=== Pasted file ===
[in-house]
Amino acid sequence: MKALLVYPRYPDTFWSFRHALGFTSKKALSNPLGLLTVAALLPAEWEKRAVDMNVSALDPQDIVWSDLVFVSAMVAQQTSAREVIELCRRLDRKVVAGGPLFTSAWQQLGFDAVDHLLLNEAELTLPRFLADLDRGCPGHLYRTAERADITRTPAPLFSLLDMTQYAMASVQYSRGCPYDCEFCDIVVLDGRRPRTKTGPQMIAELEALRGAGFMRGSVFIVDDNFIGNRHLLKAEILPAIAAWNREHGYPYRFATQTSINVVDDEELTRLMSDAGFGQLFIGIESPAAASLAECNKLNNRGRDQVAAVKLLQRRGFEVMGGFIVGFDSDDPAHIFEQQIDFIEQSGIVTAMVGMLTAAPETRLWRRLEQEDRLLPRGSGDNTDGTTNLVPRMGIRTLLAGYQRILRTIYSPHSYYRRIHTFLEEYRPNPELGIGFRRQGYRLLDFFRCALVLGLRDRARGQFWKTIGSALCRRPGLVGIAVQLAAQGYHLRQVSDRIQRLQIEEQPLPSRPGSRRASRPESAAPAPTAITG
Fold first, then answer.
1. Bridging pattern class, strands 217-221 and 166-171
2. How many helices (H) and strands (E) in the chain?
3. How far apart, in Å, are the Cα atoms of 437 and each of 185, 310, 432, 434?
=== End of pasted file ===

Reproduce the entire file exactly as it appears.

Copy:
[in-house]
Amino acid sequence: MKALLVYPRYPDTFWSFRHALGFTSKKALSNPLGLLTVAALLPAEWEKRAVDMNVSALDPQDIVWSDLVFVSAMVAQQTSAREVIELCRRLDRKVVAGGPLFTSAWQQLGFDAVDHLLLNEAELTLPRFLADLDRGCPGHLYRTAERADITRTPAPLFSLLDMTQYAMASVQYSRGCPYDCEFCDIVVLDGRRPRTKTGPQMIAELEALRGAGFMRGSVFIVDDNFIGNRHLLKAEILPAIAAWNREHGYPYRFATQTSINVVDDEELTRLMSDAGFGQLFIGIESPAAASLAECNKLNNRGRDQVAAVKLLQRRGFEVMGGFIVGFDSDDPAHIFEQQIDFIEQSGIVTAMVGMLTAAPETRLWRRLEQEDRLLPRGSGDNTDGTTNLVPRMGIRTLLAGYQRILRTIYSPHSYYRRIHTFLEEYRPNPELGIGFRRQGYRLLDFFRCALVLGLRDRARGQFWKTIGSALCRRPGLVGIAVQLAAQGYHLRQVSDRIQRLQIEEQPLPSRPGSRRASRPESAAPAPTAITG
Fold first, then answer.
1. Bridging pattern class, strands 217-221 and 166-171
2. How many helices (H) and strands (E) in the chain?
3. How far apart, in Å, are the Cα atoms of 437 and each of 185, 310, 432, 434?